Thursday 23 September 2010

Numbers, Numbers: Public Submissions on the Greek Cultural Property Request

A few days ago I presented the results of my study of what people were writing to the CPAC about Greece's request to the US to help with illegal exports of antiquities. On Friday 17th September there were 440 comments, about half of which were in favour of the request, half from coin collectors (alone) against. Over the weekend though it seems that the coin dealers mobilised collectors to begin a fresh onslaught and some 1060 comments resulted in the next three days. Unlike the posts of Friday - these posts were mostly against the proposal. Sampling suggests that over that weekend only c. 130 were 'for' and c. 930 against. On 21st (the day before the period for submissions closed) there was a drop in overall numbers from 474 to 222 and a slight improvement in the proportions. On 20th only 10% of the comments were for the proposal, on the 22nd 33% were. The full number of posts made on the 22nd may not be visible at the moment - the total is 1347 which means that 200 posts were added on the last day. This still means that the coineys have probably made somewhere in the region of 970 comments opposing the MOU as opposed to 377 US citizens and others in favour of restricting antiquity imports from Greece to those which have been legally exported.

I think both sides will be sorely disappointed with these figures. In the case of the Italy MOU, the coineys were claiming they'd mobilised some 1900 collectors to oppose it, the number of coineys taking part in such initiatives has now halved. In the case of the Italy MOU, the numbers on our side were not known. The United States of America has a population of 310 million - can it be true that in 2010 only c. 380 of them (about one in a million) think that the trade in their country of illegally exported artefacts from the Classical world is unacceptable? Perhaps we should not be surprised about this when a Federal judge reckons that looting archaeological sites on state-owned lands is "justifiable". Maybe America needs a Portable Antiquities Scheme to make people more aware of the issues. Mind you, the short time when the submissions could be submitted and the fact that the story seems not to have been covered by any national paper or mentioned by Glenn Beck would also account for most people in the US probably being completely unaware that this matter was in progress. How to get greater public participation in the future? Certainly I would not be in favour of the AIA or SAFE or any of the other groups working to help protect the archaeological heritage using the same shameless tactics of misinformation that the ACCG and coin dealers adopted here. That really gets the public debate nowhere at all.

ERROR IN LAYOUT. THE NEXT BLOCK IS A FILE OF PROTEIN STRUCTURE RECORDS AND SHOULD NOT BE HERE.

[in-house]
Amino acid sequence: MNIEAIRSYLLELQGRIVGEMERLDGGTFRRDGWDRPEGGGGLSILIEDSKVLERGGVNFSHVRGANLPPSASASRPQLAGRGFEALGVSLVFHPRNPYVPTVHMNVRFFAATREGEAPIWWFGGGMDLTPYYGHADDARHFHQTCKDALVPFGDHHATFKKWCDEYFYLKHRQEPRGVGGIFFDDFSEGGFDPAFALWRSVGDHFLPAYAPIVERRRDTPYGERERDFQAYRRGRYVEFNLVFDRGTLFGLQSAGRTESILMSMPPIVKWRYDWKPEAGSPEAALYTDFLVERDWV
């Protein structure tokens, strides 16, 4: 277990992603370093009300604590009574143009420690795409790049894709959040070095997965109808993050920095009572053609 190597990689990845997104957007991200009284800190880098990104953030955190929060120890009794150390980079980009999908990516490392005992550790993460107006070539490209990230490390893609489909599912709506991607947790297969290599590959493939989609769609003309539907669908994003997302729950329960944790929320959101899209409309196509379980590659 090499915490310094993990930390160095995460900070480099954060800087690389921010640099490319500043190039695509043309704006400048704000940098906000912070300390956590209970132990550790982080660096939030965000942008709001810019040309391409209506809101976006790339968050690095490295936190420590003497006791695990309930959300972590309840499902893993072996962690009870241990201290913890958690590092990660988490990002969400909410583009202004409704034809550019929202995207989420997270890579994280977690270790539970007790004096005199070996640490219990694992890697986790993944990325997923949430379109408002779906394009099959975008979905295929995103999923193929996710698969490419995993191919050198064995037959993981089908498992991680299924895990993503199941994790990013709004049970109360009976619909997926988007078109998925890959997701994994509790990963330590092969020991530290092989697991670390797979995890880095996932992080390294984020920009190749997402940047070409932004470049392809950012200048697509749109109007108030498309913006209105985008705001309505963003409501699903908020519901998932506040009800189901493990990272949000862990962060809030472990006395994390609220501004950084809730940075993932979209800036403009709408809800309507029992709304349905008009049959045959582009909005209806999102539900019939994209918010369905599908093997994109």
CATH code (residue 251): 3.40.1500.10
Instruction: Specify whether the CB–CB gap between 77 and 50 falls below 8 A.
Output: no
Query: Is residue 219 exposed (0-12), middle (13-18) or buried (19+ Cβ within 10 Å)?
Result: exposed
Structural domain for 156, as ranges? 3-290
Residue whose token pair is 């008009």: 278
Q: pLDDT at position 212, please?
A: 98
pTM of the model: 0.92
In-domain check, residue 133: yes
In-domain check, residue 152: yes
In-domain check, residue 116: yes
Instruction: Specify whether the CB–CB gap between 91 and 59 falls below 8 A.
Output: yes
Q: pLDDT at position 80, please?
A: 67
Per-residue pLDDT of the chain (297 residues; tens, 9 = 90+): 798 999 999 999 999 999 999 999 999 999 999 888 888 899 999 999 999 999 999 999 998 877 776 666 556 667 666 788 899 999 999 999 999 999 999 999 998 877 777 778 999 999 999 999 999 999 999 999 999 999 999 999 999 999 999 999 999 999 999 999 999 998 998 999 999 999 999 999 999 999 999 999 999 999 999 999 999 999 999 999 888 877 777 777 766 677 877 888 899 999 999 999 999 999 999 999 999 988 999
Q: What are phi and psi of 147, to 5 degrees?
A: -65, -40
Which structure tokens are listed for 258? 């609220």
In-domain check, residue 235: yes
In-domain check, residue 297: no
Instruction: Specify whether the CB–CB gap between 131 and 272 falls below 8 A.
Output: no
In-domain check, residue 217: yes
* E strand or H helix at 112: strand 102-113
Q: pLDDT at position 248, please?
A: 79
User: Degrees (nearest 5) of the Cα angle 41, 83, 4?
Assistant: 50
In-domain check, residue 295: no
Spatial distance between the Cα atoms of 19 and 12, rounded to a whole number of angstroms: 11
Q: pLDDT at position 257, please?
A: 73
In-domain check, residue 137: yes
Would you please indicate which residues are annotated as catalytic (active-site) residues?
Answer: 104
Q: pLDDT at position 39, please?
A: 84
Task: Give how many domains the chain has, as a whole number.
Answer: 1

Do the numbers matter? Do the CPAC actually pay much attention to these submissions, or is it just a charade they ritually enact so "the people" think they have a hand in government? The short "let's get it over with" timespan coupled with a lack of wider advertising suggests that getting a wide range of public responses is not at all important to the State Department. Do they even read them, or do their eyes glaze over the thirty ninth time they come across Peter Tompa's five points presented by a writer adopting an "Oj You!" tone towards the Committee and claiming to be discriminated against?

UPDATE: Both Peter Tompa on his blog"Coiney" Win in Comment Quest Exposes Greek MOU as Limited Special Interest Program {uncharacteristically even giving a specific link to my actual words) and Dave Welsh have drawn attention to the estimate of the proportions between supporters and detractors of the MOU. They blame the drop off in coiney contributions since the Italian MOU fax-bombing on the "cumbersome" website which they suggest is inferior to the V-Coins (sic) fax-wizard. Tompa notes:
given the exceptionally low level of discernable public support for the MOU, are such controversial new import restrictions and all the problems they visit on CBP, collectors, dealers and museums really worth it or is it time to negotiate a MOU collectors, dealers, museums and archaeologists can all live with?

And what form would that take? And what would its point be? In the end however it is not numbers that count, but the reasons why the MOU should be signed which matter and it is that which the CPAC is appointed to assess.

FURTHER UPDATE (28/9/10): John Hooker repeats my analysis, and comes up with a slightly lower figure (71.2% of 1347 is 960) of submissions in opposition to the MOU.

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